RICHMOND RICHMOND | While one of the highlights of the first four days of Washington Wizards training camp has been the progress Andray Blatche, Nick Young and Dominic McGuire, the theme for another young player has been making up for lost time.
For forward Oleksiy Pecherov, who sprained his left ankle in June and has spent the summer rehabbing, the going has been slow and rather frustrating.
The 7-foot, 234-pound Pecherov - the Wizards drafted him 18th out of Ukraine in 2006, but he didn’t join the team until last fall - ran last week for the first time since his injury.
“He’s in and out some practices because we want to be cautious with him a little bit,” coach Eddie Jordan said. “He’s trying to feel his way. We think we can get a lot more out of him as preseason goes along. You have to talk to him, but I don’t see it as being difficult so much as it is as just being in the flow of things.”
But getting back into the flow of things has been difficult, said Pecherov, who still has soreness in his ankle. And because he can’t go full speed for extended periods of time, he has become more of an observer than a participant.
“It’s hard when you don’t play basketball for a long time and then you want to play but you can’t because of your ankle,” Pecherov said. “And then you come back and everyone expects you 100 percent running and giving best effort, but you need to get into shape and be back on the same page that you were before. It’s frustrating.”
What makes the slow recovery more frustrating is that Pecherov was off to a strong rookie preseason before breaking his right ankle and missing the first 47 games of the regular season. He spent much of the year working his way back into shape.
The 2007-08 season ended with Pecherov vowing to improve in the summer, but those plans were derailed during a game of one-on-one with Caron Butler late in June.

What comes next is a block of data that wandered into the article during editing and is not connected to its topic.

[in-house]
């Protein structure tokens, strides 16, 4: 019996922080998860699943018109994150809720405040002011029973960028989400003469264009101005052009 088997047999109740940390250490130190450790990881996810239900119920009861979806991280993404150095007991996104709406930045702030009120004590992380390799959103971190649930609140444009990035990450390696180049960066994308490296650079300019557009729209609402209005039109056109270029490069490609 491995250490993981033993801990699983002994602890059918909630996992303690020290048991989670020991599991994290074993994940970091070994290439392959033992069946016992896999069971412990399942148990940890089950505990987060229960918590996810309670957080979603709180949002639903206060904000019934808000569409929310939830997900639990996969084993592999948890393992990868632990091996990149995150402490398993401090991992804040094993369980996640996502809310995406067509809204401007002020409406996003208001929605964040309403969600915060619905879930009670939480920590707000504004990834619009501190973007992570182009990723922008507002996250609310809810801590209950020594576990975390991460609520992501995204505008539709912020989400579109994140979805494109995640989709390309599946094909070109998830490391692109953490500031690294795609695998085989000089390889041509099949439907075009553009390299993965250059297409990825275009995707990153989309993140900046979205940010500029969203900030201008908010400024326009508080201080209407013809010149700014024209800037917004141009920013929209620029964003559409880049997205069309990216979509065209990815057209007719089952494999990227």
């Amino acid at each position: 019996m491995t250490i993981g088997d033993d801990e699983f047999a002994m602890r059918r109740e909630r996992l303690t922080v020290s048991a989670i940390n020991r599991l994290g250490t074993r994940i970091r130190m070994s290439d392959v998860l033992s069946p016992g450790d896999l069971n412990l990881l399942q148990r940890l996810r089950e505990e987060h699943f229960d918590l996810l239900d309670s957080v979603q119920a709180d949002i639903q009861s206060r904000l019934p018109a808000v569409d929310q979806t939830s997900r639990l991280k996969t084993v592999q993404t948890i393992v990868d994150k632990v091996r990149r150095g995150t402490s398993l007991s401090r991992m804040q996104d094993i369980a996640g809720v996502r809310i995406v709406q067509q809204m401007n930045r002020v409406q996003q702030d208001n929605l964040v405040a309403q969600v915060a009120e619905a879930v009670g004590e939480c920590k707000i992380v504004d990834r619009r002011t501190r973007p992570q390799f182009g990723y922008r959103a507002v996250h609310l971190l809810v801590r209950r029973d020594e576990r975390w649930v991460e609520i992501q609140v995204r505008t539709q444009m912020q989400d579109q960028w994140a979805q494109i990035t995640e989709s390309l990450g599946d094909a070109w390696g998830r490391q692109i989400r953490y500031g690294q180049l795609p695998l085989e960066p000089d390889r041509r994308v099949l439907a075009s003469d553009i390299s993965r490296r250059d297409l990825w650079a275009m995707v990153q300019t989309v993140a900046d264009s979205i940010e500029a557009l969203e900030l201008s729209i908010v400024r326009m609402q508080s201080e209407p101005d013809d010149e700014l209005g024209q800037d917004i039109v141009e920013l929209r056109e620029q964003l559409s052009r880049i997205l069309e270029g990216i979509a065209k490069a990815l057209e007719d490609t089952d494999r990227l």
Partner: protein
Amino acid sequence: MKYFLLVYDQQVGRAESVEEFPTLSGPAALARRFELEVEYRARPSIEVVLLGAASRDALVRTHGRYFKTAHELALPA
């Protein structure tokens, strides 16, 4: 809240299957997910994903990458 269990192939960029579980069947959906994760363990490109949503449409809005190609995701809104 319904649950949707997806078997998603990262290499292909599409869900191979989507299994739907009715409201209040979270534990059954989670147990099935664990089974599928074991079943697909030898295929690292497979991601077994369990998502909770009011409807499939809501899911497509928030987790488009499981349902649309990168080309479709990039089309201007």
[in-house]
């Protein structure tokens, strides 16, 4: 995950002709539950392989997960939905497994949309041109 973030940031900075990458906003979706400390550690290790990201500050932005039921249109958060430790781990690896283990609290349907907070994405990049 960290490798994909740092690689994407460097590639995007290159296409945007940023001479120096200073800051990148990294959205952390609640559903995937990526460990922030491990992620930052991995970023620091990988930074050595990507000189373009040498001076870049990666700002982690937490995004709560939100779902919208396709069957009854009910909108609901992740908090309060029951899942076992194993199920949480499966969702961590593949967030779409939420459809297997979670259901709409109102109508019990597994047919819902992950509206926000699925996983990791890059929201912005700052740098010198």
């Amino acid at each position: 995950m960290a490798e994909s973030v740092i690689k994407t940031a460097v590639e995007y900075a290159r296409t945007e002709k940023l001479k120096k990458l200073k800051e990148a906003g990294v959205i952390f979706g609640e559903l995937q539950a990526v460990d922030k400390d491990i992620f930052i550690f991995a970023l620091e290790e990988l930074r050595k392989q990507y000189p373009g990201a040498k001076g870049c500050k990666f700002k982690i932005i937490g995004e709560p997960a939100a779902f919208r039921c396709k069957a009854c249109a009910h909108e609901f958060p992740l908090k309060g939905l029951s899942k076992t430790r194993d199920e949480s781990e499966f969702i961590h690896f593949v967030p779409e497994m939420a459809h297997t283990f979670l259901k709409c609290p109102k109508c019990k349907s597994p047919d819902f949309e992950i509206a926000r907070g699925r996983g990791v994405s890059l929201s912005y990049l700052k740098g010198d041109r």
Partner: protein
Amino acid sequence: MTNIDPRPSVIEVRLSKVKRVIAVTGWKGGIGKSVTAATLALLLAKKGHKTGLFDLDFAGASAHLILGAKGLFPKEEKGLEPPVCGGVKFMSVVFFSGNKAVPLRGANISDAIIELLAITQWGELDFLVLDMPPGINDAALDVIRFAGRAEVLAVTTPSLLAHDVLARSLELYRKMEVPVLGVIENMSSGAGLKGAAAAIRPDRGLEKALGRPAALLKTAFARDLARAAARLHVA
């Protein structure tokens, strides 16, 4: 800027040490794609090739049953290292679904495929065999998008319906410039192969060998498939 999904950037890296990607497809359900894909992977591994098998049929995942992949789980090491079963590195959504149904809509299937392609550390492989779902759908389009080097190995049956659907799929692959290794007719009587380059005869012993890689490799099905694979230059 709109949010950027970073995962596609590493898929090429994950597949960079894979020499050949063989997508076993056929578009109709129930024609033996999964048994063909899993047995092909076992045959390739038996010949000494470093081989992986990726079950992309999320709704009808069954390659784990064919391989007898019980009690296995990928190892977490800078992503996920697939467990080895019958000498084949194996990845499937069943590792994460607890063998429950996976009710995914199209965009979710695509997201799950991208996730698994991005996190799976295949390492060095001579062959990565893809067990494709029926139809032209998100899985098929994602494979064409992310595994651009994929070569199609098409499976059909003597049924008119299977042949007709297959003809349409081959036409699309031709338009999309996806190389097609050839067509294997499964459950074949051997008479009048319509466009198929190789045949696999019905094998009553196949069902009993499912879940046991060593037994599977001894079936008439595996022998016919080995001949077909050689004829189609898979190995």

“For me, this year has been a lot of injuries, starting last year at start of preseason,” said Pecherov, who averaged 11 points and six rebounds playing professionally in France in 2006. “But this time at least it was summer time, so I didn’t miss any games, but still it’s frustrating. I haven’t been so hurt in my life.”
Another factor making minutes hard to come by for Pecherov is that he has two All-Stars ahead of him in Antawn Jamison and Butler, a savvy veteran in Darius Songaila as Jamison’s backup and an improving Blatche, who can spell either starter.
“He’s not getting a lot of minutes because Darius and Andray are the forwards on one team and Antawn and Caron are the forwards on the first team, and then we rotate him in, so he’s missing some rotation minutes right now even in practice,” Jordan said.
When he does see action, Pecherov said he plays tentatively because of his ankle. He said he tries not to think about the ankle or the pain, but without even realizing it, he hesitates before jumping or doesn’t run as hard. And in a competitive camp in which every player goes hard, he’s left behind.
“I need to be tough mentally and not be afraid to run and jump like I did before, but I just think I need some time to do that,” Pecherov said.
Jordan said at times Pecherov has played aggressively in the paint and he still has his 3-point range, but he hasn’t displayed those talents consistently. The Wizards remain confident in him, however.
The knowledge of that confidence is helpful, Pecherov said. And because the first regular-season game is still a month away, he remains hopeful he soon will regain a competitive form.
“I’m starting to feel good, and I have some time until the first game,” he said. “I just need some time. Then hopefully I can come back and get back to playing basketball like I did before.”
Copyright © 2023 The Washington Times, LLC. Click here for reprint permission.
Click to Read More and View Comments
Click to Hide
Please read our comment policy before commenting.